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Katy England Katy England
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Sticks and stones

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When the kids were first born you could take them outside, plop them in a pack and play or car seat and throw some mesh to keep the bugs off. And if you weren't entirely exhausted by lack of sleep, you could conceivably do some yard work.

Once they started walking, that kind of went out the window. For the first couple of years, walking was way more trouble than it was worth. They fell off of everything. They fell from standing. Add ice and snow into the mix and it would get especially comical. Basically, even if you were hovering around them like an insane mama-bird, they'd fall and need to be righted, or aim dead for the swamp with their plastic vehicles and have to have a sudden course correction.

In other words, there is a reason why my yard looks like a jungle. But this year, I'm taking it back little bits at a time. And wonder of all wonder, the triplets are helping me. Now that I don't have to worry (as much) about them taking diggers every second step, I can turn my backs on them a little at a time. Yes, everyone shows an unhealthy interest in my tree loppers and pruning shears, but what kid doesn't want to play with them? I remember being delighted when my dad let me have at the weeds with a set of grass trimmers.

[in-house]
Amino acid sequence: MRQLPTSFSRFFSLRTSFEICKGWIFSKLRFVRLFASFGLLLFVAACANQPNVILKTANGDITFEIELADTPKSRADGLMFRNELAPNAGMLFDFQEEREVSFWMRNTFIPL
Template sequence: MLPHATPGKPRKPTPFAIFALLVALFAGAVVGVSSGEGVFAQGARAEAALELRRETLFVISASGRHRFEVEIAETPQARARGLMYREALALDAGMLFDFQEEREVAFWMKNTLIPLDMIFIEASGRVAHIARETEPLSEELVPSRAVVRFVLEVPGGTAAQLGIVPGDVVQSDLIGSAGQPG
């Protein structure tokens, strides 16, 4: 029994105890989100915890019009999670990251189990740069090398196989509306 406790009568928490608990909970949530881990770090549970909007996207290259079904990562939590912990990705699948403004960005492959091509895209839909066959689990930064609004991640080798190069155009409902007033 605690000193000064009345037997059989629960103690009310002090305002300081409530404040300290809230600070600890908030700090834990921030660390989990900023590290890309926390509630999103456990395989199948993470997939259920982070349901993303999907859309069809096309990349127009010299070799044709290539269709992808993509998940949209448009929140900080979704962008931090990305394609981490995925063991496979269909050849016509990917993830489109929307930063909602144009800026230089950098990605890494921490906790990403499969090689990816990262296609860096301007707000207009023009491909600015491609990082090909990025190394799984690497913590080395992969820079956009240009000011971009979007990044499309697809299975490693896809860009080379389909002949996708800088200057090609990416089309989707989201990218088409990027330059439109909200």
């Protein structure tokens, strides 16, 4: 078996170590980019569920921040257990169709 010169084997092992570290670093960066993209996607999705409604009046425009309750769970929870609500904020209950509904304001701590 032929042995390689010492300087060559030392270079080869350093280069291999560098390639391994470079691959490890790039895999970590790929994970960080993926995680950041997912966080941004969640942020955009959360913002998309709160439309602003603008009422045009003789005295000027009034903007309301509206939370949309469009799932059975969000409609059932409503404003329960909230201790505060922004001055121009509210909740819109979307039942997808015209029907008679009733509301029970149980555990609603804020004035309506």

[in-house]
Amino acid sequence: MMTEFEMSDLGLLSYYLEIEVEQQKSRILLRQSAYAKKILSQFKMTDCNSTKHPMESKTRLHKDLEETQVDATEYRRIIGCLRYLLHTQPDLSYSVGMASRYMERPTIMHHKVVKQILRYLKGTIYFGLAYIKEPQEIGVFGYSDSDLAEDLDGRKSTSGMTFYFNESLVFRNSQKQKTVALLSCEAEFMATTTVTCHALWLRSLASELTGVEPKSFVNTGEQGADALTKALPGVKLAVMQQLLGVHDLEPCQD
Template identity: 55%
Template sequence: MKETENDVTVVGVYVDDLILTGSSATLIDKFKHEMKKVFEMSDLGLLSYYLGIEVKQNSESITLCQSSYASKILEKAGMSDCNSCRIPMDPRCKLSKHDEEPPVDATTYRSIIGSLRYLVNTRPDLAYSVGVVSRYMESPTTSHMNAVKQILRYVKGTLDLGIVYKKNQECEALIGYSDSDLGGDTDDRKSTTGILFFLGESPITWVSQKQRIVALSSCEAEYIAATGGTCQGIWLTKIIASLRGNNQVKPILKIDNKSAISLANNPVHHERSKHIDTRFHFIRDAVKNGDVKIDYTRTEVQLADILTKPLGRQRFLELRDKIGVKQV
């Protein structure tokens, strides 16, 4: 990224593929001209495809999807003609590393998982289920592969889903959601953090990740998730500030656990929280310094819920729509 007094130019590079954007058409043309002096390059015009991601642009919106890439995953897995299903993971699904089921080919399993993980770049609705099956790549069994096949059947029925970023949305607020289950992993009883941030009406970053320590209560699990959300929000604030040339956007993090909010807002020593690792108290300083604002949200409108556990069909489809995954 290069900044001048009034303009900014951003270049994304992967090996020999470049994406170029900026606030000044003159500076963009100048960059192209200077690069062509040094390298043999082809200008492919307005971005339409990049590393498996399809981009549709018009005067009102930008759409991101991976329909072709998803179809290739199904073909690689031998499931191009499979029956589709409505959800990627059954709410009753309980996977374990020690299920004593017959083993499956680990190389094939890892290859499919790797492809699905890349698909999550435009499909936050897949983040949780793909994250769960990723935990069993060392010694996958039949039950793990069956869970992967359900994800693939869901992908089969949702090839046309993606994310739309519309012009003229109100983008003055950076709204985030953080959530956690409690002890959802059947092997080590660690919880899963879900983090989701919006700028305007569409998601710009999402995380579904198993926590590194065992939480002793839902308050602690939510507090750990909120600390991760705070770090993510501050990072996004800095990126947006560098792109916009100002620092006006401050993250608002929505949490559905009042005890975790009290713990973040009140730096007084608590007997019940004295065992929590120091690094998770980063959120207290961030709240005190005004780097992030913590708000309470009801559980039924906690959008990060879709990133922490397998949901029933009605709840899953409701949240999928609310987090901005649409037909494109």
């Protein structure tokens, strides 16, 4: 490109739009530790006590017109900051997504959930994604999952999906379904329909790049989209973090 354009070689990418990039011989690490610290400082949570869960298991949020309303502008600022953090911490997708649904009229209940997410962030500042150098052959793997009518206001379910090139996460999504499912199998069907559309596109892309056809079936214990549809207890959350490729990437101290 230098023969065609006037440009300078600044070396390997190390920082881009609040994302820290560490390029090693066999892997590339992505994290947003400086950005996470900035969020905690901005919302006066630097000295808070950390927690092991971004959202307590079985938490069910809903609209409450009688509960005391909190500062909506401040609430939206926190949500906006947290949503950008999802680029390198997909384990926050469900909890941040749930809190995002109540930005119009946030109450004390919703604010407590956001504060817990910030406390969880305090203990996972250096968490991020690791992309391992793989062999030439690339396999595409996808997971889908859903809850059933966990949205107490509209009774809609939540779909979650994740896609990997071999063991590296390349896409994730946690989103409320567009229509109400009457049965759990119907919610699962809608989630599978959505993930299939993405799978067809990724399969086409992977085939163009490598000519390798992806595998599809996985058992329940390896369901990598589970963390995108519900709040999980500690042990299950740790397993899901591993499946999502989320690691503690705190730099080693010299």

I'm not giving my kids the shears this year, but they are delighted to put sticks into piles and rocks into buckets. They wanted to pick up sticks faster than I could fell saplings I may have even pulled a muscle trying to keep up with them. They will take the bucket of rocks and (most of the time) dump them out where I ask them to. Or just in a heap on the lawn it's really 50-50 but they are helping.

They have their own size rakes and shovels and will help when I rake the dead grass off the lawn and make suggestions on which sapling I should fell next. My son even grabbed his own 'axe' (a 3-foot long yellow tube) and helped 'cut down trees.'

We've found beetles, salamanders, looked at birds, talked to spiders and looked at flowers just starting to grow. And we can explore the deep dark woods without the imminent threat of someone eating dirt every 10 paces. Of course, I underestimated the challenges of hiking while having two 3-foot-tall girls holding both of your hands: balance goes out the widow, as does bug slapping and getting hair out of your own mouth. It's the little things.

But with great freedom comes greater risk. Boundaries are forever being tested, and it's good irritating, but good. But the air has finally warmed up, the mud has dried and spring is finally here. Blue skies are smiling at me. Nothing but blue skies do I see.

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